Scottish jobs market hits lowest level in 14 months – but still outperforms UK

THE slowdown in Scottish economic growth finally began to catch up with the country’s jobs market last month, according to data released today.

Figures from Bank of Scotland showed the number of people being placed into permanent jobs fell for the first time since September 2010.

The bank’s labour market barometer – which is designed to give a snapshot of the employment market – fell from 51.4 in November to 50.3 in December, its lowest reading in 14 months.

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Although any figure above 50 indicates an improvement in the market, last month’s reading shows only marginal growth.

However, Scotland’s jobs market continues to outperform the UK as a whole – it posted a reading of 48.6 in December, showing the overall market had got worse.

Donald MacRae, Bank of Scotland’s chief economist, said: “The labour market is showing the negative effects of the slowdown in the Scottish economy.

“Growth in the number of job vacancies slowed, while the number of people appointed to jobs fell for the first time in 15 months.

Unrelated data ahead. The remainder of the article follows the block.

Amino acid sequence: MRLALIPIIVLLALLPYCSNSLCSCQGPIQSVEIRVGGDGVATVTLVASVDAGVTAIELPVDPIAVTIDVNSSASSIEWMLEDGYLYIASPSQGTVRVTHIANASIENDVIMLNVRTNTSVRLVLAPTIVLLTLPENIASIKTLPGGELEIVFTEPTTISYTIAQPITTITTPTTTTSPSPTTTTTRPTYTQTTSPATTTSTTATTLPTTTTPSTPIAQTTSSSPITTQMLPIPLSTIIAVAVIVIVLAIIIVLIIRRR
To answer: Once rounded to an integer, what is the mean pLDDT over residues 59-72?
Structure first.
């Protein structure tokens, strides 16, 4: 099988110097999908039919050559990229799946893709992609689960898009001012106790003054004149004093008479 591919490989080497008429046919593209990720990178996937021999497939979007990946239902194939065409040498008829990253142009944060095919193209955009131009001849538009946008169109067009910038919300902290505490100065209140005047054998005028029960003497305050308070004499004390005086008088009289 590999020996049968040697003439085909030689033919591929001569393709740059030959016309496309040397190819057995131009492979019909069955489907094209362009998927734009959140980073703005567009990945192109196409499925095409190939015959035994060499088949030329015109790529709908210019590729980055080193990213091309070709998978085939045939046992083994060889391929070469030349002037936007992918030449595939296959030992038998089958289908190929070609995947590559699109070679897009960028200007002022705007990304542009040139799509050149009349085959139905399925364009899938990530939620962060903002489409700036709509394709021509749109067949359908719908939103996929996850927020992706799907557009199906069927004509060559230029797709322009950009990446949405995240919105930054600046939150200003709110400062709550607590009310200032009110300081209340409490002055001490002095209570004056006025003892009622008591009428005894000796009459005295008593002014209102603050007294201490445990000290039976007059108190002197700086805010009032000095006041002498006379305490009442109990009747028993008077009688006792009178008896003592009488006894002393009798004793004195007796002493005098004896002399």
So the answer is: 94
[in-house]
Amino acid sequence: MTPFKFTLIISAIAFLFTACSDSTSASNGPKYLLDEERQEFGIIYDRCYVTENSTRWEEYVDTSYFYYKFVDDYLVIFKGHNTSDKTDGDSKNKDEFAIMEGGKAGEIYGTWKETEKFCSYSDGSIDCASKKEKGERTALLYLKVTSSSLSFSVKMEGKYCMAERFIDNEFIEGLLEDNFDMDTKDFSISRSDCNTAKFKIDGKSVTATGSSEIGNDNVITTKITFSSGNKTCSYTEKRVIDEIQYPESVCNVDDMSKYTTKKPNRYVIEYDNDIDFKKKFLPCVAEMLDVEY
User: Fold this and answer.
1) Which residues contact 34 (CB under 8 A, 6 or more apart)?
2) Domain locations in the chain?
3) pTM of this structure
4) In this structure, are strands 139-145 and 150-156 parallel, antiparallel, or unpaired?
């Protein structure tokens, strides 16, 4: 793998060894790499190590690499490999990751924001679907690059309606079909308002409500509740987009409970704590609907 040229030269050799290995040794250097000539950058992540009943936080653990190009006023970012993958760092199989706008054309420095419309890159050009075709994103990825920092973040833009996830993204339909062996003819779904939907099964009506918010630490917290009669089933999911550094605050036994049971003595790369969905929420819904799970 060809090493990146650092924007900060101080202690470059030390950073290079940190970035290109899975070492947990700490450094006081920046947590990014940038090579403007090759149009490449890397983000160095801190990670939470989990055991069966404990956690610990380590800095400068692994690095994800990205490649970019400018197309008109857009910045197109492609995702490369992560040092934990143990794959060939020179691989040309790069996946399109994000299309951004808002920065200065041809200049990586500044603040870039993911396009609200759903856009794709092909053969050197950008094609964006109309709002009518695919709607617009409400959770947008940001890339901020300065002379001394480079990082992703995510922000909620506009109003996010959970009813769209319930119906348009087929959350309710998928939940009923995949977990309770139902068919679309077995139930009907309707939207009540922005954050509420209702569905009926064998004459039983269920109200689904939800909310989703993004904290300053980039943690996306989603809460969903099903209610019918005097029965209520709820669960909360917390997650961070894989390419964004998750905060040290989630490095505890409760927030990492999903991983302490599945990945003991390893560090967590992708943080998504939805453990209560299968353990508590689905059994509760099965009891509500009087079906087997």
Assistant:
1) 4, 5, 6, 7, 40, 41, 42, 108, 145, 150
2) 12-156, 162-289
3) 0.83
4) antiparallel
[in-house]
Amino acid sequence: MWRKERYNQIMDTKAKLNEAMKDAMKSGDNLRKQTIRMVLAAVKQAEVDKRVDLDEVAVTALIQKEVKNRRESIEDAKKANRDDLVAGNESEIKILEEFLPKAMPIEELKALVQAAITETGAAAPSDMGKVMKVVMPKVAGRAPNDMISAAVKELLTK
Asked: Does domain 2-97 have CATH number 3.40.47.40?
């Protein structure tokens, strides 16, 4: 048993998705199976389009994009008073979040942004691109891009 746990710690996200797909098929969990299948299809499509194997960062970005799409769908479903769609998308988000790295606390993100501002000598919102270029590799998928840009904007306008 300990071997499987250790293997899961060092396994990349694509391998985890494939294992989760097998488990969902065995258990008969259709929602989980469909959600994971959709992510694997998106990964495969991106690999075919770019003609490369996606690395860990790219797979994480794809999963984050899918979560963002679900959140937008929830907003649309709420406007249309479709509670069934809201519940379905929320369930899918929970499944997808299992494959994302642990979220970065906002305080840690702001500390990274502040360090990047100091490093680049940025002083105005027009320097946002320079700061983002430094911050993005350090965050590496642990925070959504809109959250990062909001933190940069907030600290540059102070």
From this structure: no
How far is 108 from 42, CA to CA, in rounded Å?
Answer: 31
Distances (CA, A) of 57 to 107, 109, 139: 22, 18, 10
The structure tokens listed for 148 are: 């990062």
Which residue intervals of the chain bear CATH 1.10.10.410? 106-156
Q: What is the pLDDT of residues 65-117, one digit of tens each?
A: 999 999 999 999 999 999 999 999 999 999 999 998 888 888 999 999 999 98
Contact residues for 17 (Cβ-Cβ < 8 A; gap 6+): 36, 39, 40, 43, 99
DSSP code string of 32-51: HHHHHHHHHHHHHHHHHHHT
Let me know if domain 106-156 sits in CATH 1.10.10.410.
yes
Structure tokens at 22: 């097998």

“The Scottish economy is struggling to maintain growth momentum in the face of the global slowdown.”

News of stagnation in Scottish employment comes as economists warned that they believe the UK economy is already in recession.

Both the Centre for Economic & Business Research (CEBR) and the accountancy firm Ernst & Young’s Item Club think-tank expect economic output to have contracted in the final quarter of last year and also will in the first quarter of this year. The CEBR forecasts interest rates will now stay on hold until 2016.

Economists blamed the eurozone debt crisis for “paralysing” the UK’s exports, with weekend reports that Greece could default on its debts within the next ten weeks.

But a survey out today from Aviva says that global fund managers are optimistic about the outlook for the eurozone and do not expect any countries to leave the single currency this year. Investment managers now expect full fiscal union within the next decade.

A separate report from one of the professional bodies for chartered financial advisers found that nearly three-quarters of its members think UK government bonds are overvalued. Gilts have become popular during the eurozone crisis because many traders see them as a “safe haven” asset.

In a glimmer of hope for the UK economy, data released by HSBC today shows that 80 per cent of small and medium-sized businesses expect to grow their turnover in the year ahead.